The Peter Sellers Collection includes six British comedies in which Sellers plays leading or supporting roles. The Smallest Show on Earth (1957) is among the run of gentle British comedies in the 1950s in which outmoded and broken-down local institutions were saved by collections of committed eccentrics. Aspiring novelist Bill Travers and his wife Virginia McKenna inherit a cinema from a hitherto unknown uncle and discover that it isn't the sumptuous modern Grand, but the decrepit Bijou, with a drunken projectionist played by Sellers. In 1959's I'm All Right Jack, Sellers plays both Sir John Kennaway and, unforgettably, the trade union leader Fred Kite. The result is laugh-out-loud comedy with a satiric edge, lampooning the then-burning issue of industrial relations. The brothers John and Roy Boulting also directed and produced such British classics as Carlton-Browne of the F.O. (1959), in which Seller's unscrupulous prime minister is upstaged by Terry-Thomas as the idiot son of a great ambassador, and Heavens Above (1963), in which Sellers gives an unusually low-key performance as a young vicar whose tendencies to interpret Christian doctrines in his own individualistic way, rather than conform to church traditions, leads to all kinds of chaos. The great crime comedy Two Way Stretch (1960) is about imprisoned crooks who hatch a scheme to pull off a heist with a perfect alibi by breaking out, doing the job, and then breaking back in to serve out their sentences. Sellers, usually an eccentric support in these things, takes a rare lead as cocky mastermind Dodger Lane. Hoffman (1970) gives Sellers a lot of funny business, acid lines, and whimsical turns. Secretary Miss Smith (Sinéad Cusack) is blackmailed by meek, middle-aged Mr. Hoffman (Sellers) into spending a week of domesticity with him in his flat. At first, the tone is creepy, but it becomes more poignant as both characters learn to see each other as people.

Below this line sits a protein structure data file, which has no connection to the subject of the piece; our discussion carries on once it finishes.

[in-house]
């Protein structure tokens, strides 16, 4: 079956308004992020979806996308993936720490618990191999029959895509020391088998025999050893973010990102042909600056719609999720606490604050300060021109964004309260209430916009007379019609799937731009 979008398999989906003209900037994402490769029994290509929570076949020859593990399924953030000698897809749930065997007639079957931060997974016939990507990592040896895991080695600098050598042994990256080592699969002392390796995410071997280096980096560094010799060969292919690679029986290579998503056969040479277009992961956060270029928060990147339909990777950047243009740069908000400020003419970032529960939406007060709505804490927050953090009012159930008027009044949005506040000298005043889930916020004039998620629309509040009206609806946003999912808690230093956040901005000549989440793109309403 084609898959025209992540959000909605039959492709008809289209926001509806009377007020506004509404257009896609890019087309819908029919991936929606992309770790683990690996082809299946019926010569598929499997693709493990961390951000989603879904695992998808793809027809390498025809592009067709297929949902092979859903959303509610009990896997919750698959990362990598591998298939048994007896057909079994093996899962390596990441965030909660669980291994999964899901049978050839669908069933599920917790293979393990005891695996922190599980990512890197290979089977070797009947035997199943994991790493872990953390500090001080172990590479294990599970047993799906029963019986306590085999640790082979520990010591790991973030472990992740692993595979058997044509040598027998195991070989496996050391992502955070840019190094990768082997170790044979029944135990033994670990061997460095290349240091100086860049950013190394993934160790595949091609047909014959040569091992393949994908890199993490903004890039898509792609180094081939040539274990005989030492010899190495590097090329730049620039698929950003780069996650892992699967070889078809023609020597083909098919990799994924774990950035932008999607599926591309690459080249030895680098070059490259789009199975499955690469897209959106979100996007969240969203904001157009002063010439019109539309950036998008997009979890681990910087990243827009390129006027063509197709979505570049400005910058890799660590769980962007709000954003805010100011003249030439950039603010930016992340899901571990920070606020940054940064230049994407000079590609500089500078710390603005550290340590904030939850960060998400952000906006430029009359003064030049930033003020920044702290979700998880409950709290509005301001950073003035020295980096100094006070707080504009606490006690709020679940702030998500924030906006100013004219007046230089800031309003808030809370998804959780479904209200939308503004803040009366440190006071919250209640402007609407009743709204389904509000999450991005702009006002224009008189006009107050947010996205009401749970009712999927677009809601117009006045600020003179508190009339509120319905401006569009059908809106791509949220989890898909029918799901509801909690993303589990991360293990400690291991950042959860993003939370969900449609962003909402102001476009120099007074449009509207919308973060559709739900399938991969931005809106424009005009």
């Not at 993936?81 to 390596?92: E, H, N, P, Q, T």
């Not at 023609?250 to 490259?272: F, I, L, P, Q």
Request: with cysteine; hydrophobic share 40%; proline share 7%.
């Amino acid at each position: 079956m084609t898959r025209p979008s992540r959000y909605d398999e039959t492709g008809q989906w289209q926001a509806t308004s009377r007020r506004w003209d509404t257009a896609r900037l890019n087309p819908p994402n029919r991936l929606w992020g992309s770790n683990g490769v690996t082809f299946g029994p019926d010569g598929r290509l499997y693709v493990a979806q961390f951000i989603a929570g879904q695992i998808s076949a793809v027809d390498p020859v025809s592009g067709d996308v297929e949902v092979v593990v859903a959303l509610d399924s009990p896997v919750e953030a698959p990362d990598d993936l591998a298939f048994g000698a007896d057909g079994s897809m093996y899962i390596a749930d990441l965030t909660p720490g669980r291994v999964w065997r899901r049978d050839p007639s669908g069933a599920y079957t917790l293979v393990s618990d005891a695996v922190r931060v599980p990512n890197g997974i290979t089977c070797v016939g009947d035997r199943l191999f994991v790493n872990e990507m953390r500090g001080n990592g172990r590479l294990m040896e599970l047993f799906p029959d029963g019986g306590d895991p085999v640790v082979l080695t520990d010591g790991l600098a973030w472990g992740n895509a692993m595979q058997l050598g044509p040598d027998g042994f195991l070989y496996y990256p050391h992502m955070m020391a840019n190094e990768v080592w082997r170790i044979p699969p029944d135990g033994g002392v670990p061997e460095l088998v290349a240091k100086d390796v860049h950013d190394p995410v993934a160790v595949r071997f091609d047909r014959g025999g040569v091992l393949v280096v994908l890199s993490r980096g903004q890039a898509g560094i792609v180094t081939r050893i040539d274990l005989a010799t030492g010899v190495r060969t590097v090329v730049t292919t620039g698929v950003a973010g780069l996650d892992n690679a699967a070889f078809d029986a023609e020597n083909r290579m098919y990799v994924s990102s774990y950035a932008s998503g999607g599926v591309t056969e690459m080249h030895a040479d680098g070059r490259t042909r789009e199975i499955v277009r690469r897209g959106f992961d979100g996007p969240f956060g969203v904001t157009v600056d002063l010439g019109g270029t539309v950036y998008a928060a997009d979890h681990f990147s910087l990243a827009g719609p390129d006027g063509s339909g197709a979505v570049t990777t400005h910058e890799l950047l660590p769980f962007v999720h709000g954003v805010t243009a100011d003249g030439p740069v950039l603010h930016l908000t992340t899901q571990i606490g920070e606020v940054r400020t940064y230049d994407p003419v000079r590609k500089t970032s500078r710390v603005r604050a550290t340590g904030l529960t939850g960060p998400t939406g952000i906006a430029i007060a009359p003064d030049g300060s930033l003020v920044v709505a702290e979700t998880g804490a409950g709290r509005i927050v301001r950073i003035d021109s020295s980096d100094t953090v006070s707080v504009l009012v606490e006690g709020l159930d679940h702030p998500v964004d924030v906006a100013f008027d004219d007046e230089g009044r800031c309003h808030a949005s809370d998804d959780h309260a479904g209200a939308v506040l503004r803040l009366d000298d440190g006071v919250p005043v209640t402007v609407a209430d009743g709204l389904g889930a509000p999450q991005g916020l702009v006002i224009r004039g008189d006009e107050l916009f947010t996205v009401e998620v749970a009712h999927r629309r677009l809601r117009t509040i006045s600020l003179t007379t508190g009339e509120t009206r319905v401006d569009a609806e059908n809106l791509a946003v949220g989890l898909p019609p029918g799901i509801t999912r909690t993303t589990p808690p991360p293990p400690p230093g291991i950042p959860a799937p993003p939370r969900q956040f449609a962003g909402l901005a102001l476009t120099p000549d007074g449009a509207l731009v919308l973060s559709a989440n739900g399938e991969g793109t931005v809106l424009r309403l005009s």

Would you like to know what it is we want to spare you from? The doctors describe it as a kind of starvation death. Except every cell in my body is a stomach. The pain will be immense. I'll lose all sense of who I am or what I am. I'll lose my insides and I'll lose my outsides. I'll be half my size and weight. Or smaller. A tiny figure lying on a rubber sheet in some hideous cinder-block building they call a hospital.